35. 35. EMBARGOED UNTIL 12:01 AM ON JUNE 4, 2018 35 Participants (2016-17) 5,624 98,936 34,299 6,995 Sources: Florida program info: http://www.fldoe.org/schools/school-choice/k-12-scholarship-programs/ftc/ftc-faqs.stml; Indiana program info: https://www.doe.in.gov/sites/default/files/choice/1-choice-parent-faq-february-2018.pdf ; Louisiana program Info: https://www.louisianabelieves.com/schools/louisiana-scholarship-program. North Carolina program info: Statute 115C-562. Number of participating students across all four programs comes from www.edchoice.org. Note: Parental co-pay is when parents are responsible for the cost of tuition and fees that exceed the maximum voucher value. This is sometimes referred to as tuition “top-up.” All programs generally specify that students must be of school-going age (i.e., high school graduates would be ineligible) and residents of the state in which the program is administered.
  36. 36. EMBARGOED UNTIL 12:01 AM ON JUNE 4, 2018 36 Table 2. Standardized Assessments Taken by Opportunity Scholarship Students, 2014-15 Test Name Publisher Number of Students Basic Achievement Skills Inventory (BASI) Brewer Testing Services 3 BJU Press Assessments BJU Press 2 California Achievement Test (CAT) Seton Testing Services 33 Comprehensive Testing Program (CTP) Educational Records Bureau 19 Iowa Assessments Houghton Mifflin Harcourt 204 Otis-Lennon School Ability Test (OLSAT) Pearson 3 Stanford Achievement Test Pearson 272 TerraNova Data Recognition Corporation 303 Woodcock Johnson Houghton Mifflin Harcourt 9 TOTAL 848 Source: The North Carolina State Education Assistance Authority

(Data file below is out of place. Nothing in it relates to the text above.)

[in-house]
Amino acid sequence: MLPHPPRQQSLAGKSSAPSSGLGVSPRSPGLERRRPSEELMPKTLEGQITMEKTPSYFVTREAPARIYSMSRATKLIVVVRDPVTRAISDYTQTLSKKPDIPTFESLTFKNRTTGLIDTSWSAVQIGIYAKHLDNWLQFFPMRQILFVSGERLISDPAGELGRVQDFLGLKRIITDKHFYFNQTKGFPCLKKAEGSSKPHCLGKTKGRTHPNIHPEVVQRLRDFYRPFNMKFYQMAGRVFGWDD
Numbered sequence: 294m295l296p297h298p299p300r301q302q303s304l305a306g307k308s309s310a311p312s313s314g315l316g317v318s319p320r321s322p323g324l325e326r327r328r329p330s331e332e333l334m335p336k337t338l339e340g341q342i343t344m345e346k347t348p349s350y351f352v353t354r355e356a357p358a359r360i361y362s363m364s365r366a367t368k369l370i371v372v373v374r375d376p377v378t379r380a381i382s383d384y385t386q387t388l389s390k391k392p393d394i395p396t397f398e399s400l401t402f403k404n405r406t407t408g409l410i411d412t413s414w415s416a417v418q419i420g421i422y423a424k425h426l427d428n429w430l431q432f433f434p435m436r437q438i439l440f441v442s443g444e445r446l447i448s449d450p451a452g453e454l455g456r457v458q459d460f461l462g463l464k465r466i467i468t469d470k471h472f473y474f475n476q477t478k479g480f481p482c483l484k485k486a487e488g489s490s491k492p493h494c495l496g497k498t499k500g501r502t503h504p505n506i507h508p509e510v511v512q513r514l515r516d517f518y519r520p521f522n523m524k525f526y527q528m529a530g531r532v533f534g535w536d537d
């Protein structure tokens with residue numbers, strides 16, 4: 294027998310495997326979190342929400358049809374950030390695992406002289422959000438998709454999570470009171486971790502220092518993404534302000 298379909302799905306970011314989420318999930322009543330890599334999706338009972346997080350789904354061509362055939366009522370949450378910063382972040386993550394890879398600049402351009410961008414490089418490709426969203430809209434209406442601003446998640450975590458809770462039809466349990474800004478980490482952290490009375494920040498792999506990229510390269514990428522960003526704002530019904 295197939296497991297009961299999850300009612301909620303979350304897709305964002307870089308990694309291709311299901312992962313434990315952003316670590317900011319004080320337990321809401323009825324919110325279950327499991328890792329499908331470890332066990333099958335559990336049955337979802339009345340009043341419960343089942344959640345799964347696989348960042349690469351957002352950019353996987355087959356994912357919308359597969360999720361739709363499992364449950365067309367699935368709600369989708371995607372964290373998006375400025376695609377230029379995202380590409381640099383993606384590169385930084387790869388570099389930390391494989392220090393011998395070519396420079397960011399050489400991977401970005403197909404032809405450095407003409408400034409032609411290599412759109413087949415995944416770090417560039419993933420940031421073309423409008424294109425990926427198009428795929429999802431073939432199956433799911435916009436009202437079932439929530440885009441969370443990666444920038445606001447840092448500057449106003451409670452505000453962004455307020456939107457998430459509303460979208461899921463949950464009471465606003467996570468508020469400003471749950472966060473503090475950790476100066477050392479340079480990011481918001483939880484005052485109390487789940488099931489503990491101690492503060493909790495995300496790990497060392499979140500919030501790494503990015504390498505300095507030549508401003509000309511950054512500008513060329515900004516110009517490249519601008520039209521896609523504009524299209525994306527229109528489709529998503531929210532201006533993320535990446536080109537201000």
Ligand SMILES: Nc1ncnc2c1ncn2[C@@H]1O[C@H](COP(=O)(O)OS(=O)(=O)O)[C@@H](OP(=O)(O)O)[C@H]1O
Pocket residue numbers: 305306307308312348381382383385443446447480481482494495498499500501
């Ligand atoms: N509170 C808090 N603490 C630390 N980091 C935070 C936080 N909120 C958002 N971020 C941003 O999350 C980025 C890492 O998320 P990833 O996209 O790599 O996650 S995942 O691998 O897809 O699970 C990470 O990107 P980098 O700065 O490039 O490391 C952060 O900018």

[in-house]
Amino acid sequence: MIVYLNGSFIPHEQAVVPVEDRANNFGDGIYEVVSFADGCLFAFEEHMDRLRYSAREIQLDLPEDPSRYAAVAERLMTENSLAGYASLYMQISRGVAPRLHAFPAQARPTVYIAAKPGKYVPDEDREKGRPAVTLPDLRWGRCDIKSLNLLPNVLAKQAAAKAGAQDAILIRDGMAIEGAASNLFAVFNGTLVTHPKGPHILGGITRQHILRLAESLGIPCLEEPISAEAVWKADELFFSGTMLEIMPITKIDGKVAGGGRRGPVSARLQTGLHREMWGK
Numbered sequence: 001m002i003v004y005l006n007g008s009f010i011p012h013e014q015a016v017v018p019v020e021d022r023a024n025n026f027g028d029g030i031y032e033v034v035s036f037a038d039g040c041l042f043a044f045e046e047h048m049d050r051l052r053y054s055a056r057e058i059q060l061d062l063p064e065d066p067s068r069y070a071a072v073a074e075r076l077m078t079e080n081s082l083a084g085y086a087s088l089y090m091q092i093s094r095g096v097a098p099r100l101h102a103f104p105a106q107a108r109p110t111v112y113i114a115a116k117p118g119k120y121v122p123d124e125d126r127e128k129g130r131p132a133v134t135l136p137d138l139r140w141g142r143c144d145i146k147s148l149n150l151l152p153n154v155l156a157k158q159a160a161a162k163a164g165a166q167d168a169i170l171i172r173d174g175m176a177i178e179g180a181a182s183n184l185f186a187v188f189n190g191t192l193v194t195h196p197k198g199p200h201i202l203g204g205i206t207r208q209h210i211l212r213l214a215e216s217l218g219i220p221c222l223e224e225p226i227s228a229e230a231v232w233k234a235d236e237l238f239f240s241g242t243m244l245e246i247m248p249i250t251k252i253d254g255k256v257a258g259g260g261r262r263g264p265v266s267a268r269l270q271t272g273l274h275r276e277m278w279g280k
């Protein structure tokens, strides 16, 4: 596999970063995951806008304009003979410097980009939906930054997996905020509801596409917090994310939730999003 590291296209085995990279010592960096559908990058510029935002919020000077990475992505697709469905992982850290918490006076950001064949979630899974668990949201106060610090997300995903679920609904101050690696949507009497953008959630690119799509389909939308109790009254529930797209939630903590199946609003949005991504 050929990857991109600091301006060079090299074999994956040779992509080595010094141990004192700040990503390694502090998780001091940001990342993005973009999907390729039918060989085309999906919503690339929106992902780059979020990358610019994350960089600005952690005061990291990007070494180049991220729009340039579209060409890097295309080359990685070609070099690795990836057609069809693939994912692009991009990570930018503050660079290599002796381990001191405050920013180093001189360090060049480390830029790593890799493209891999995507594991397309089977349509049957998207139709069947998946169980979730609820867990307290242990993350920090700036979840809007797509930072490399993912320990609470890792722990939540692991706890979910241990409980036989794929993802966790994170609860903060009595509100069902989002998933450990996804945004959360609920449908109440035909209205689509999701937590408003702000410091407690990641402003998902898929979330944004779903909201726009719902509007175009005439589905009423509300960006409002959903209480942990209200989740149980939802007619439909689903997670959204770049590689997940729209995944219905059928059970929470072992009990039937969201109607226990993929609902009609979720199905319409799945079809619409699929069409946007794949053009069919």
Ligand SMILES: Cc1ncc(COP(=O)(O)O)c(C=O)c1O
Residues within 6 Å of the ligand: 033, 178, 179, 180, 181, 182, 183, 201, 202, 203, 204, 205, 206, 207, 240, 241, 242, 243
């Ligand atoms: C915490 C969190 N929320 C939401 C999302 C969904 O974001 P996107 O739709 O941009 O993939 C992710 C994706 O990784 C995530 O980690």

37. 37. EMBARGOED UNTIL 12:01 AM ON JUNE 4, 2018 37 Table 3. Lottery-Based Studies of the Achievement Impacts of School Vouchers Citation Program Name Program Funding Program Scope Impact Cowen (2008) Charlotte Scholarship Fund Private Citywide Positive Overall Greene (2001) Charlotte Scholarship Fund Private Citywide Positive Overall Howell, Wolf, Campbell, & Peterson (2002) The D.C. Opportunity Scholarship Program. Public Citywide Positive Overall Wolf, Kisida, Gutmann, Puma, Eissa, & Rizzo (2013) The D.C. Opportunity Scholarship Program Public Citywide Null Dynarksi, Rui, Webber Gutmann & Bachman (2017) The D.C. Opportunity Scholarship Program Public Citywide Negative Overall Howell, Wolf, Campbell, & Peterson (2002) The Dayton, Ohio Parents Advancing Choice in Education Program Private Citywide Positive for Subgroups Bettinger & Slonim (2006) The Children’s Scholarship Fund of Toledo, Ohio Private Citywide Null Howell, Wolf, Campbell, & Peterson (2002) New York City School Choice Scholarships Foundation Program Private Citywide Positive for Subgroups Barnard, Frangakis, Jin, & Rubin (2003) New York City School Choice Scholarships Foundation Program Private Citywide Positive for Subgroups Krueger & Zhu (2004) New York City School Choice Scholarships Foundation Program Private Citywide Null Jin, Barnard, & Rubin (2010) New York City School Choice Scholarships Foundation Program Private Citywide Positive for Subgroups Bitler, Domina, Penner, & Hoynes (2014) New York City School Choice Scholarships Foundation Program Private Citywide Null Rouse (1998) Milwaukee Parental Choice Program Public Citywide Positive Overall Greene, Peterson, & Du (1999) Milwaukee Parental Choice Program Public Citywide Positive Overall Mills & Wolf (2017) Louisiana Scholarship Program Public Statewide Negative Overall and for Subgroups Abdulkadiroglu, Pathak, & Walters (2018) Louisiana Scholarship Program Public Statewide Negative Overall and for Subgroups Note: The designations “Positive Overall” and “Negative Overall” indicate that a statistically significant positive or negative